A fundamental challenge when introducing reviews is that reviewing code is hard. This post summarizes our practices to nevertheless make life for a reviewer as easy as possible.

 

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Dr. Nils Göde

Code quality audits are a fundamental part of our daily work as software quality consultants. The objective of such an audit is to assess the quality of a system’s source code and identify trends based on the code’s evolution. That makes an audit an important prerequisite for ongoing quality control and improvement. Understandably, we are not able to publish the results of the audits that we do for our customers. That makes it sometimes hard for us to explain what such an audit looks like. Instead of lengthy descriptions, we decided to analyze the code quality of an open-source system and use this as a showcase to illustrate what our quality audits look like.

 

There are different categories of quality aspects that we analyze in our code audits. This is the…

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Reviews point out problems in somebody’s work. Unfortunately, both giving and receiving criticism can be hard. To successfully introduce reviews, we must overcome this resistance. Since finding (and later removing) problems is the primary goal of reviews, this challenge is inherent—no review process can avoid it. We can, however, make receiving review results much easier. This post describes two simple but effective practices we use in our code reviews.

 

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Dr. Martin Feilkas

As the post ‘Tools Do Not Improve Quality’ by my colleague Nils already destroyed the naive dream of simply installing a tool and get all maintenance nightmare healed over night, I would like to address a follow-up question in this post: If tools are not sufficient, how can we improve quality then?

 

Several years ago when we still were blue-eyed researchers on software quality, we started out developing different kinds of quality analyses in the context of our tool ConQAT. We worked hard on eliminating false positives and achieved highly precise analyses at the end. We thought developers will love adressing each issue these tools emit. When we presented analysis results to developers, they usually agreed on the relevance of the deficits we identified.…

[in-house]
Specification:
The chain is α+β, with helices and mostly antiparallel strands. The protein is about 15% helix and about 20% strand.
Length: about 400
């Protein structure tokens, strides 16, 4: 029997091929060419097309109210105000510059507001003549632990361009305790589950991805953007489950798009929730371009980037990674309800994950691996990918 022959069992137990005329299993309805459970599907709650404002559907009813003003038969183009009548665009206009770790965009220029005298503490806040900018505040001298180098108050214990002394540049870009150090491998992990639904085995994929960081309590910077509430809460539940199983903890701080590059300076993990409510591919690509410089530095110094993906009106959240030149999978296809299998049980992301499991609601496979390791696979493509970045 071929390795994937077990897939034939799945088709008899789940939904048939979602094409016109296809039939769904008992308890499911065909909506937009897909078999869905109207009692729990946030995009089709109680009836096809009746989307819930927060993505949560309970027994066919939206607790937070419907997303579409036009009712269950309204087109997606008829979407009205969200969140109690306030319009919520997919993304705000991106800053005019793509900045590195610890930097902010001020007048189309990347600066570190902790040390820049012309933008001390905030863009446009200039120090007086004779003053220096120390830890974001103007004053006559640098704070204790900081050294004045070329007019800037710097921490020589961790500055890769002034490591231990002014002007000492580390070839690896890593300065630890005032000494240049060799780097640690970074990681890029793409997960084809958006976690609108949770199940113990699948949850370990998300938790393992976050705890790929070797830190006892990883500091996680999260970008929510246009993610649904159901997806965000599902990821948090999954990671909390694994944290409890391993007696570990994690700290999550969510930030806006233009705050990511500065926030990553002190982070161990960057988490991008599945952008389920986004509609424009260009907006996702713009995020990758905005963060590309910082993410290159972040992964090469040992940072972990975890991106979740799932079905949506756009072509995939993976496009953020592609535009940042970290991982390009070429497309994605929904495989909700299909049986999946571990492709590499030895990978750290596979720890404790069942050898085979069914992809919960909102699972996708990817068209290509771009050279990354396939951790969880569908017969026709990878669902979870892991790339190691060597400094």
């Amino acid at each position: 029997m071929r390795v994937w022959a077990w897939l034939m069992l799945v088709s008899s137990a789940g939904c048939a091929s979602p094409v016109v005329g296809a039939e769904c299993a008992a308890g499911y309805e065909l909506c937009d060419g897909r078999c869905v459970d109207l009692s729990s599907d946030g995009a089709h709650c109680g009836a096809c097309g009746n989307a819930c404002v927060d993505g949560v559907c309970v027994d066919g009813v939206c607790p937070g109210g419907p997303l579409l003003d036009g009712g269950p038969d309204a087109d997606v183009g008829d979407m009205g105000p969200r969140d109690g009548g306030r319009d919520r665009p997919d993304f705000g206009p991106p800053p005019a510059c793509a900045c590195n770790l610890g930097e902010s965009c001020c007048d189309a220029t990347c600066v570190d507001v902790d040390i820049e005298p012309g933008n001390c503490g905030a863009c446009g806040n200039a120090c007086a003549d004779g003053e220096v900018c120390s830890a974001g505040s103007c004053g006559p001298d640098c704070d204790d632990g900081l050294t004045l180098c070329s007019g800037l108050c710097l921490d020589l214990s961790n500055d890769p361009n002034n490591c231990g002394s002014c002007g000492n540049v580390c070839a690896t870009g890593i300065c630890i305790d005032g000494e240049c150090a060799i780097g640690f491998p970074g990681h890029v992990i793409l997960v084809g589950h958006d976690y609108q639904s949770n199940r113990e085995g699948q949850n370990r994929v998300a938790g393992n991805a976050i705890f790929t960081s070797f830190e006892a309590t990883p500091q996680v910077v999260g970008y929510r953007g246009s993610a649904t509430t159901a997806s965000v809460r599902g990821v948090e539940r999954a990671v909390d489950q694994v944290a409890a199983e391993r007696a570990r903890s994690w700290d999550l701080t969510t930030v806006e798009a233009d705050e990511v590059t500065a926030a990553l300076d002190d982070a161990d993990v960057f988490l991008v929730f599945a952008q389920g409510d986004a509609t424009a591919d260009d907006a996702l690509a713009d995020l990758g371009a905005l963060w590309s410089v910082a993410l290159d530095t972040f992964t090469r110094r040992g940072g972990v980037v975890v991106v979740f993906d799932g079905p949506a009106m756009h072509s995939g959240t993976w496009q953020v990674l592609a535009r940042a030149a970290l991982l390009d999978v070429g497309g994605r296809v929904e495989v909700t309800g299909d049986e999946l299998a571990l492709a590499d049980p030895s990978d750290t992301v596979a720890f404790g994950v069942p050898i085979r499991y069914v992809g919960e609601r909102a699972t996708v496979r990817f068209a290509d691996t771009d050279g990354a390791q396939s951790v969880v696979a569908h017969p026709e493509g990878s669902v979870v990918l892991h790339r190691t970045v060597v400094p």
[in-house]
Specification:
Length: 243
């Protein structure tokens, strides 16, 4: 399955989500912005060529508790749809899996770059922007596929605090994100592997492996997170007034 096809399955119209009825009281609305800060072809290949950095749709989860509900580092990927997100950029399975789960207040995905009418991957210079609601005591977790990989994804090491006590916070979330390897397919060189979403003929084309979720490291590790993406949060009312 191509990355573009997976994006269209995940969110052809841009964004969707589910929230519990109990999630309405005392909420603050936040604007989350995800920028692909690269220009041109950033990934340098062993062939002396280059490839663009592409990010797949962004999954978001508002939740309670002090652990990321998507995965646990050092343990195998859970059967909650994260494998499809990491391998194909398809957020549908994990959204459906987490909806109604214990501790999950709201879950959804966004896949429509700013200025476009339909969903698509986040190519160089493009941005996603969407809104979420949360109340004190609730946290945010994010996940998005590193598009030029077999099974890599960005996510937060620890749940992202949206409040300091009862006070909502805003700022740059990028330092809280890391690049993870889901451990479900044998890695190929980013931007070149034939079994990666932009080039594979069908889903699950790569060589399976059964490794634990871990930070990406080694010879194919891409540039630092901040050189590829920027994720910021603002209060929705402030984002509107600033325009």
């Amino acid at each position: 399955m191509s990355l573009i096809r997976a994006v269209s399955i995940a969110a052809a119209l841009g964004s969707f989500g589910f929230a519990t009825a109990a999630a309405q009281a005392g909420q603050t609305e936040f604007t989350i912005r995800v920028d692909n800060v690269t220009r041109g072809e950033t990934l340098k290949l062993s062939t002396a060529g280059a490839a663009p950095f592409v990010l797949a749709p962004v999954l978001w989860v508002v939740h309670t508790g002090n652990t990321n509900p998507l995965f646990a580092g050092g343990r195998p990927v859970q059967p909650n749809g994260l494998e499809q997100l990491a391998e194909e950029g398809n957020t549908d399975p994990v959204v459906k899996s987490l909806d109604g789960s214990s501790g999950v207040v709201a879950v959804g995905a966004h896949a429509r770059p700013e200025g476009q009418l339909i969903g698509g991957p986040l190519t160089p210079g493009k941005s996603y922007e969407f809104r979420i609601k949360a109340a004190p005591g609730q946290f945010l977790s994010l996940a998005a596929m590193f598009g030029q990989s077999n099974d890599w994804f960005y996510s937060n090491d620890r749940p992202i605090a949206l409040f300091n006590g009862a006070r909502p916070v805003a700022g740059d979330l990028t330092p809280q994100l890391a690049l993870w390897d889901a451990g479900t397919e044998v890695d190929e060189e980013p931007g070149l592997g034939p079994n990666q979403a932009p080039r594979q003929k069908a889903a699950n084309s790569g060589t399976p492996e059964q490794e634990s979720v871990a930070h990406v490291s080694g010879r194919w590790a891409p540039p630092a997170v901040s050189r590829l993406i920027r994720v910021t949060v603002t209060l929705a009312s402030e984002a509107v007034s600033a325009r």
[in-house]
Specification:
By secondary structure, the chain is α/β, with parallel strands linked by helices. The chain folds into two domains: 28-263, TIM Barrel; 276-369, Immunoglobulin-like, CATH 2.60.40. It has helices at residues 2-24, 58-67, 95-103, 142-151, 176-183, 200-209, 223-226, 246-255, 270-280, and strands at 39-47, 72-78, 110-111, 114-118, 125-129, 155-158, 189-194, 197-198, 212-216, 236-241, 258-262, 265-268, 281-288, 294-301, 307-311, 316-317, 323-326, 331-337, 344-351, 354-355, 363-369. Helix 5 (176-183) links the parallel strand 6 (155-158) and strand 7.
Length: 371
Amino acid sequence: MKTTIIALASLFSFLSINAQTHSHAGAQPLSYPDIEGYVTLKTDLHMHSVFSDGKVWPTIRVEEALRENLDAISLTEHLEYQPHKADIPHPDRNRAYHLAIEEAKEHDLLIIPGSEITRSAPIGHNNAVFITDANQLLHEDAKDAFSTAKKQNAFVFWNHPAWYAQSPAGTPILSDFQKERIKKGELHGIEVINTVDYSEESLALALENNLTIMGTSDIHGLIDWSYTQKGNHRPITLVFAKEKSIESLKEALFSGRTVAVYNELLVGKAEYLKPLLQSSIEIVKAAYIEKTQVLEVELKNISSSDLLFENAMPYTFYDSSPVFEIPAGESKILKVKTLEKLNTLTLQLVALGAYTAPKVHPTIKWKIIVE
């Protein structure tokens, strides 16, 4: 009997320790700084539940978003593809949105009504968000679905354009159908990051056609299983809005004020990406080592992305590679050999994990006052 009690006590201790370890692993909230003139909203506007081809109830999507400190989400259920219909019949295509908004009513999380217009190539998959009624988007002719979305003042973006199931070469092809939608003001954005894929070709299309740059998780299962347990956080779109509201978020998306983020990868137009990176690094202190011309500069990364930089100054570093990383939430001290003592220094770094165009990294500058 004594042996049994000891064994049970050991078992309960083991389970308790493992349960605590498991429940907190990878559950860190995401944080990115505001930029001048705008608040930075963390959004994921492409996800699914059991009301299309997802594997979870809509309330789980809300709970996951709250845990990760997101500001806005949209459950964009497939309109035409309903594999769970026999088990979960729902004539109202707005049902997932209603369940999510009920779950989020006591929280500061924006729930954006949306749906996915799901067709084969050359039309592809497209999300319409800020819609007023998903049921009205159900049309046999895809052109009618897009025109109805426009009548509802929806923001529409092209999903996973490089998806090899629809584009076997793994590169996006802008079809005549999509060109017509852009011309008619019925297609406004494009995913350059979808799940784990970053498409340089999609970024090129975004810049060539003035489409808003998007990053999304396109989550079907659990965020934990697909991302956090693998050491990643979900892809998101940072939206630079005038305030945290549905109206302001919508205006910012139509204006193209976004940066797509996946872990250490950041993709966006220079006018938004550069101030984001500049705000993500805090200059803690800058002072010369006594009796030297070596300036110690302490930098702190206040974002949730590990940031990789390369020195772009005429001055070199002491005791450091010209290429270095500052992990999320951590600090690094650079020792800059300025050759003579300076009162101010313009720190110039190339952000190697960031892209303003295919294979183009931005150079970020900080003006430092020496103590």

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Dr. Nils Göde

Asking people what they do to improve the quality of their software product, one

of the most frequent answers is something like »Oh, we have installed

[Checkstyle|FindBugs|ConQAT|Sonar|…] and it runs as part of our continuous integration

process«. However, when looking for indications of any quality

improvements, we are mostly unable to find any.

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The primary purpose of automated tests is to reveal regression bugs. But how can we tell how well a test suite does this? Code coverage measurement is often used to assess tests in practice. But what does it really tell? We analyzed a set of open-source projects to find out and came up with a clear answer. This post summarizes our findings.

 

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Dr. Nils Göde

Let’s be honest. Who could possibly better judge the quality of our code than ourselves? We wrote this code. We are the experts. We might need some tools to do our assessment, but there is a growing number of freely available tools that help us to identify quality deficits in our product. So why should we invest in a professional code quality audit done by an independent organization? Let me give you a few reasons why I think a professional audit is a worthwhile investment.

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Dr. Nils Göde

Quality control has many facets, but if there is one factor that distinguishes

good from high-end quality control, it is the systematic use of

manual code reviews. While a lot can be achieved by tool-supported analyses and

improvements, manual reviews have some unique benefits.

 

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Dr. Nils Göde

At least not all of them at once. The awareness of quality deficits (these

include bugs, lack of understandability, missing documentation, a lack of tests,

and so on) seems to follow a sinus-curve like shape.

 

 

 

In those phases with the highest awareness, project managers and their developer

teams often decide to dedicate a larger block of time exclusively to cleaning up

the system and putting everything else on hold. All too often, the ambitious

objective is to remove all quality deficits—in many cases without even

specifying what a relevant quality deficit is.

 

 

Don’t do this!

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Dr. Martin Feilkas

During our daily work as consultants for software quality, as auditors of different kinds of software systems and in our role as quality engineers in software engineering projects, we have the opportunity to see a large variety of software development organizations. We encounter a huge amount of different systems from different domains, written in different languages and using various technologies. But most importantly, we talk to many many people that face the challenge of developing and maintaining software day by day. As a result, we receive a big treasure of experiences, insights, anecdotes and war stories on how to (and how better not to) develop software.

 

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